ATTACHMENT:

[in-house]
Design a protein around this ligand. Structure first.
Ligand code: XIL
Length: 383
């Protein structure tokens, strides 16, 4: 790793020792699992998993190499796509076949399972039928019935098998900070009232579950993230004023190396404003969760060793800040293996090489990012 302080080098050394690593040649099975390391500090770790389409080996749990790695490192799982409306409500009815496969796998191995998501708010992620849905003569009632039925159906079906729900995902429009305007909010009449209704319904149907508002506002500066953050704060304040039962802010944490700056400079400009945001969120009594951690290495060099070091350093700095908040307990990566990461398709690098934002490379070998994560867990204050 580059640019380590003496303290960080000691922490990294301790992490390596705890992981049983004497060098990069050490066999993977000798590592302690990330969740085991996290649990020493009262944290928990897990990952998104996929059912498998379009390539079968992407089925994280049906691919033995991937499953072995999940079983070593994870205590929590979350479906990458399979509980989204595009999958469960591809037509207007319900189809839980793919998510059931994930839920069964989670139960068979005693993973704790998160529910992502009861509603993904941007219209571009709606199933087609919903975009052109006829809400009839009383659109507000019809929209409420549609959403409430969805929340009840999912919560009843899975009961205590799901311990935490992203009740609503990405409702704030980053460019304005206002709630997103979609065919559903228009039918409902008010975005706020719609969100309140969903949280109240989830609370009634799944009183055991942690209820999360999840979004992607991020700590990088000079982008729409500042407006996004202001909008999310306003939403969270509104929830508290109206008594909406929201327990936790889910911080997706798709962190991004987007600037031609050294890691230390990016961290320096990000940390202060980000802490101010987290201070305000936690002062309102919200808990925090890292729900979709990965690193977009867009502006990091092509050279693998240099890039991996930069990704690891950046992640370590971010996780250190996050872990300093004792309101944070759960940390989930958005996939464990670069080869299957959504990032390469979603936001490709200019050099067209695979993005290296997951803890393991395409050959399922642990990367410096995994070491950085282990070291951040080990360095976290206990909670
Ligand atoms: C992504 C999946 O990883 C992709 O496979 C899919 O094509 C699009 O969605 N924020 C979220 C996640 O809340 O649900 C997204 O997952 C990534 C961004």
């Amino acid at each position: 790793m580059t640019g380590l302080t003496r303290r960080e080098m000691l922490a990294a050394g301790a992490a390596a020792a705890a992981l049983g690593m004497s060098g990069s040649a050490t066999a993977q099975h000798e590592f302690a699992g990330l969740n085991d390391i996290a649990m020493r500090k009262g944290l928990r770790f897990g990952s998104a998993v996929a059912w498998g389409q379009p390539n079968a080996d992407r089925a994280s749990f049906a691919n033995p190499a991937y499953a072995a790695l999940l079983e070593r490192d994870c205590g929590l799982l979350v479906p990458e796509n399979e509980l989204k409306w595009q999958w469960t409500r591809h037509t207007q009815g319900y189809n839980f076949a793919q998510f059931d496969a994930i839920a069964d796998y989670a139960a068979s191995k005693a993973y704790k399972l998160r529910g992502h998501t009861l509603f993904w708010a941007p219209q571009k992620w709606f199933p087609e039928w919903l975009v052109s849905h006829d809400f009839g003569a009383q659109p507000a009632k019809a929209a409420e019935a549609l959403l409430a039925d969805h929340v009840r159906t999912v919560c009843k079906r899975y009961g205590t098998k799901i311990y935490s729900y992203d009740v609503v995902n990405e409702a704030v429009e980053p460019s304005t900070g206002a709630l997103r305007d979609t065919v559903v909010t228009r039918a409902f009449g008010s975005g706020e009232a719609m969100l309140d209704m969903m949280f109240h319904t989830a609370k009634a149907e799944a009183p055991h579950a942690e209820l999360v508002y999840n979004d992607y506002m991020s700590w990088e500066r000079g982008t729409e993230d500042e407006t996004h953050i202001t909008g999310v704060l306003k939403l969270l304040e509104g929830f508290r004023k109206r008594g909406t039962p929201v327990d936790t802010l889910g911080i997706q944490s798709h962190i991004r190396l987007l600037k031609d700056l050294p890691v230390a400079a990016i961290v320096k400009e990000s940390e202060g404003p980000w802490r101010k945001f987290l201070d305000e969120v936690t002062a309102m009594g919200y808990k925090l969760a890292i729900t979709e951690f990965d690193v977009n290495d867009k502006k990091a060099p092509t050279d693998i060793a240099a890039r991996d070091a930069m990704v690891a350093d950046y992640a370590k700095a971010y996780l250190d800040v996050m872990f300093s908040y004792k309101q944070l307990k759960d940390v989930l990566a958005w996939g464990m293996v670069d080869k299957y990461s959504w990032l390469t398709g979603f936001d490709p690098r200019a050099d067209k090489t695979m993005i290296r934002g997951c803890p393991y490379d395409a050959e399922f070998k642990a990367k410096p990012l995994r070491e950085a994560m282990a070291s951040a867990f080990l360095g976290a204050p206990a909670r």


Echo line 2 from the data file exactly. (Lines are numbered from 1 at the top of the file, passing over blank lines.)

Design a protein around this ligand. Structure first.